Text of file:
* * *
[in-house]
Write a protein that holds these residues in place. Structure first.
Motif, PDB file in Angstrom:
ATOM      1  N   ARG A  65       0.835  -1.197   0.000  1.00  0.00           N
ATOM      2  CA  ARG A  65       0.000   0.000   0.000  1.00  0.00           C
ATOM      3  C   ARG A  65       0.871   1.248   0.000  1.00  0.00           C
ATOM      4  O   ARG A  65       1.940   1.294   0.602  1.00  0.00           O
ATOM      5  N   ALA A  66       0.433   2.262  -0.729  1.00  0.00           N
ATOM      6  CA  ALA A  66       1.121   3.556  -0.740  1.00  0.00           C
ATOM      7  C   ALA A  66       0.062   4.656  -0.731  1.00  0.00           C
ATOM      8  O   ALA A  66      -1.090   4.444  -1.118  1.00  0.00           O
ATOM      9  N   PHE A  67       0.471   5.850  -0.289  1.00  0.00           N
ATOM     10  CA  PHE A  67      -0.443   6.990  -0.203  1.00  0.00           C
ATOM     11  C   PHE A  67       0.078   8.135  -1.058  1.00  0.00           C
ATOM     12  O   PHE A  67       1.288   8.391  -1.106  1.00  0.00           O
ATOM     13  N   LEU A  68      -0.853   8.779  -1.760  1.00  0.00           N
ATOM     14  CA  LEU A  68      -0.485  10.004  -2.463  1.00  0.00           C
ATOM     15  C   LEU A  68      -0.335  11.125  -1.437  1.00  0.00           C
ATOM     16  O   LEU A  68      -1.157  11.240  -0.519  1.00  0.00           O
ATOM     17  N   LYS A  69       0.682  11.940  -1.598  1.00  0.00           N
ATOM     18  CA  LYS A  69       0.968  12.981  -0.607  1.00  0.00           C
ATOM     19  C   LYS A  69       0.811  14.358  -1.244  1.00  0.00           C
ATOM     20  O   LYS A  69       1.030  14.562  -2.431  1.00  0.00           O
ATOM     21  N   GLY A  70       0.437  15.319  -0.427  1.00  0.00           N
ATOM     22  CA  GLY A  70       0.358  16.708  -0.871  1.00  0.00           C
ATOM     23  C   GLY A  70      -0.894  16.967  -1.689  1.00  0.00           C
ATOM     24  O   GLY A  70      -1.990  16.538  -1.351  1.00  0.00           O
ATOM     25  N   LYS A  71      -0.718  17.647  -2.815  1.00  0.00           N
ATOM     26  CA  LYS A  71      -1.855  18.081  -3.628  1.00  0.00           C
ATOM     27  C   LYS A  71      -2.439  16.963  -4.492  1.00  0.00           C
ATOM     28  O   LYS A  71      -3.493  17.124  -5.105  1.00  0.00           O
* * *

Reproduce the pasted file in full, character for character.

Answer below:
[in-house]
Write a protein that holds these residues in place. Structure first.
Motif, PDB file in Angstrom:
ATOM      1  N   ARG A  65       0.835  -1.197   0.000  1.00  0.00           N
ATOM      2  CA  ARG A  65       0.000   0.000   0.000  1.00  0.00           C
ATOM      3  C   ARG A  65       0.871   1.248   0.000  1.00  0.00           C
ATOM      4  O   ARG A  65       1.940   1.294   0.602  1.00  0.00           O
ATOM      5  N   ALA A  66       0.433   2.262  -0.729  1.00  0.00           N
ATOM      6  CA  ALA A  66       1.121   3.556  -0.740  1.00  0.00           C
ATOM      7  C   ALA A  66       0.062   4.656  -0.731  1.00  0.00           C
ATOM      8  O   ALA A  66      -1.090   4.444  -1.118  1.00  0.00           O
ATOM      9  N   PHE A  67       0.471   5.850  -0.289  1.00  0.00           N
ATOM     10  CA  PHE A  67      -0.443   6.990  -0.203  1.00  0.00           C
ATOM     11  C   PHE A  67       0.078   8.135  -1.058  1.00  0.00           C
ATOM     12  O   PHE A  67       1.288   8.391  -1.106  1.00  0.00           O
ATOM     13  N   LEU A  68      -0.853   8.779  -1.760  1.00  0.00           N
ATOM     14  CA  LEU A  68      -0.485  10.004  -2.463  1.00  0.00           C
ATOM     15  C   LEU A  68      -0.335  11.125  -1.437  1.00  0.00           C
ATOM     16  O   LEU A  68      -1.157  11.240  -0.519  1.00  0.00           O
ATOM     17  N   LYS A  69       0.682  11.940  -1.598  1.00  0.00           N
ATOM     18  CA  LYS A  69       0.968  12.981  -0.607  1.00  0.00           C
ATOM     19  C   LYS A  69       0.811  14.358  -1.244  1.00  0.00           C
ATOM     20  O   LYS A  69       1.030  14.562  -2.431  1.00  0.00           O
ATOM     21  N   GLY A  70       0.437  15.319  -0.427  1.00  0.00           N
ATOM     22  CA  GLY A  70       0.358  16.708  -0.871  1.00  0.00           C
ATOM     23  C   GLY A  70      -0.894  16.967  -1.689  1.00  0.00           C
ATOM     24  O   GLY A  70      -1.990  16.538  -1.351  1.00  0.00           O
ATOM     25  N   LYS A  71      -0.718  17.647  -2.815  1.00  0.00           N
ATOM     26  CA  LYS A  71      -1.855  18.081  -3.628  1.00  0.00           C
ATOM     27  C   LYS A  71      -2.439  16.963  -4.492  1.00  0.00           C
ATOM     28  O   LYS A  71      -3.493  17.124  -5.105  1.00  0.00           O